Since my garden is almost into maintenance mode, I've been thinking about the economic side of a fruit and vegetable garden. I know that for some a garden can help reduce their food expenses, while for others it does not. The difference between the two is how much time and money they spend on it. Buy mulch every year to prevent weeds and there goes your profit margin. I believe more than just the generic concept of time & money, the plants they choose should be looked at. Below is a list of plants that I have learned are not bad choices:
Strawberry: Once you have your initial investment in plants, they'll take over the bed you put them in and keep coming back every year. We put ours in last year near the house with a sidewalk as the border to prevent them from taking the whole yard. The only items I've done this year to the bed were remove some covering I put on it on the fall (which actually killed most of my plants, this fall they won't get as much of a covering) and then take the rake through it once the weeds sprouted. The strawberries are already forming and I should be having strawberries in a couple of weeks.
Asparagus: This is another annual that once you have planted, the only real work is keeping the weeds away (which you can do with plastic over the area). We started them last year and this year had about a side-dish for 2, but expect more next year. We did not plant them in the ground properly, so that is why our crop was a bit low. A friend of mine nearby with a large farm has them growing wild on his property and harvested 2 pounds a week ago.
Onions & Garlic: These are ones that you also put an initial investment into, but they'll keep producing year after year. One of my neighbors has a garden FULL of onions so much that she gave us some bulbs last fall and they are already starting to form flowers in our garden this spring. If you space them close enough and plant them at the right time, the weeds won't have much of a chance.
Spring Lettuce: For my garden, the romaine lettuce is the winner of easiest spring vegetable. I'm still learning how best to do this one, but I've learned the best way is to plant your lettuces real close to each other. The benefit is the lack of weeding that you will need to do. You won't get as large of a head as you do at the grocery store, but the focus is to reduce your time and costs. We have been picking leaves off for the past 2 weeks and have been enjoying them. (We started them off indoors).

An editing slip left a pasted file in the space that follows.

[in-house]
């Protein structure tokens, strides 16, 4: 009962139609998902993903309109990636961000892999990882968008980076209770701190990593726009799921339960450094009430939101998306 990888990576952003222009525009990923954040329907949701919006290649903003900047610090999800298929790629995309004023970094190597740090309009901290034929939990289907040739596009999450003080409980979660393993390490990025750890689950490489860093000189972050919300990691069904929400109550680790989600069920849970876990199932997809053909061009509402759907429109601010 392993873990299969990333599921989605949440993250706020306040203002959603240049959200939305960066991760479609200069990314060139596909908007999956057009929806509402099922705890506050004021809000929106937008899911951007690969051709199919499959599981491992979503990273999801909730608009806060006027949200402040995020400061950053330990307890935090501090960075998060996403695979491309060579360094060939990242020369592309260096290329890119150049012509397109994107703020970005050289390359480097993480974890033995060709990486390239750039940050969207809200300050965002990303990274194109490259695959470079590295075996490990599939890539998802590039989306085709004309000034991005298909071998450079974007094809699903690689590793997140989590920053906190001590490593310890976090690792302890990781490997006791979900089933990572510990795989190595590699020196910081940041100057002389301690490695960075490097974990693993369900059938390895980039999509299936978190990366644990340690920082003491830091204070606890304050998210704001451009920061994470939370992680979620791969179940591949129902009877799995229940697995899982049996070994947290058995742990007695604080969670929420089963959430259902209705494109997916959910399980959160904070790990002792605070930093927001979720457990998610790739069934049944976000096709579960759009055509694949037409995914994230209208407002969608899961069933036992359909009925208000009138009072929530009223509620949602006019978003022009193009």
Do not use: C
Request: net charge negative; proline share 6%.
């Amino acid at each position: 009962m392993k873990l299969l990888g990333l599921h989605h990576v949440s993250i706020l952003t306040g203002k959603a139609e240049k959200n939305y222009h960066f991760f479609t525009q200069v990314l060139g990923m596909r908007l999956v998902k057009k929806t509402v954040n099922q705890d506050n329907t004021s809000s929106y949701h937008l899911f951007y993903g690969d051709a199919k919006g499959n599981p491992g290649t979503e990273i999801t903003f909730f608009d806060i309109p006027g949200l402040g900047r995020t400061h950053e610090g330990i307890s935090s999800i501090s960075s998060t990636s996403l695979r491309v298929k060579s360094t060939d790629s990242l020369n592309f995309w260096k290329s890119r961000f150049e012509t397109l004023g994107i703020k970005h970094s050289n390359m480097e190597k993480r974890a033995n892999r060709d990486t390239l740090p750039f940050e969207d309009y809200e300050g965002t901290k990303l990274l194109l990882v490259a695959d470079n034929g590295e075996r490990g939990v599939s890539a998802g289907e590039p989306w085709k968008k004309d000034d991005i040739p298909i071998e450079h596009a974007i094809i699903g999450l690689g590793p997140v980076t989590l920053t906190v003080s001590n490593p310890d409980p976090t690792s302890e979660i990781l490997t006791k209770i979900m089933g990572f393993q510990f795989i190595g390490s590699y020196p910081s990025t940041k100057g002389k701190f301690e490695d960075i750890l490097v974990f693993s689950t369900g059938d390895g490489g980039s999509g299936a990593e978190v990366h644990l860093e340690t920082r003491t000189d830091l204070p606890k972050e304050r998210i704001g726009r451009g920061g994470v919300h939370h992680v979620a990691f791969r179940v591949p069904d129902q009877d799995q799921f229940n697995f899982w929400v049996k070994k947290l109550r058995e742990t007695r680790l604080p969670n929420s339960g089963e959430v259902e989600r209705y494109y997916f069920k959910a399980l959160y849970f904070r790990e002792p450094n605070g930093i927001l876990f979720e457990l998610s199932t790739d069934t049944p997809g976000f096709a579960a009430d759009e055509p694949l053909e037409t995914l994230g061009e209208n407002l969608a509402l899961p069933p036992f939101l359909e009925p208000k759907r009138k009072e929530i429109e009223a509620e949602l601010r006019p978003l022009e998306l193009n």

Peppers & Eggplant: These don't produce the quantity for me as much as my tomato plants in the same family, but what they do is slowly produce some great vegetables that I can take my time (for the most part) to pick.
Below are some that are bad choices on the time aspect:
Green Beans: We grow lots of them, but they will become your daily chore if you have even just a couple of plants. The key thing is to cut the green beans before they get too big. They'll easily produce new ones from flower to green bean in a day at the peak of the season. For us, the season went from late June to late September. That's 3 months of hunting for beans.
Peas: They are not as bad as green beans, but they will be a daily chore for 3-4 weeks. They produce their pods pretty quickly, so you have to catch them before they get too big.
Below are some that are bad choices on the money aspect:
Starter Plants: The easiest way to get ahead is to start your own plants. When I hear about people spending $3-5 on a tomato plant, I think to myself that they have already lost the war. For the same price I was able to start 18 plants in my house (though I had to put some more time into them).
Potatoes: From the seed potatoes I see at the garden places, it is another one that you have lost the costs war just buying the seed potatoes. I've seen the price of regular potatoes this past week at $0.16/lb, while the 1 lb of seed potatoes was at $5/lb. To just break even one would need to make at least 32 lbs of potatoes from the seed.
Let me know what I missed!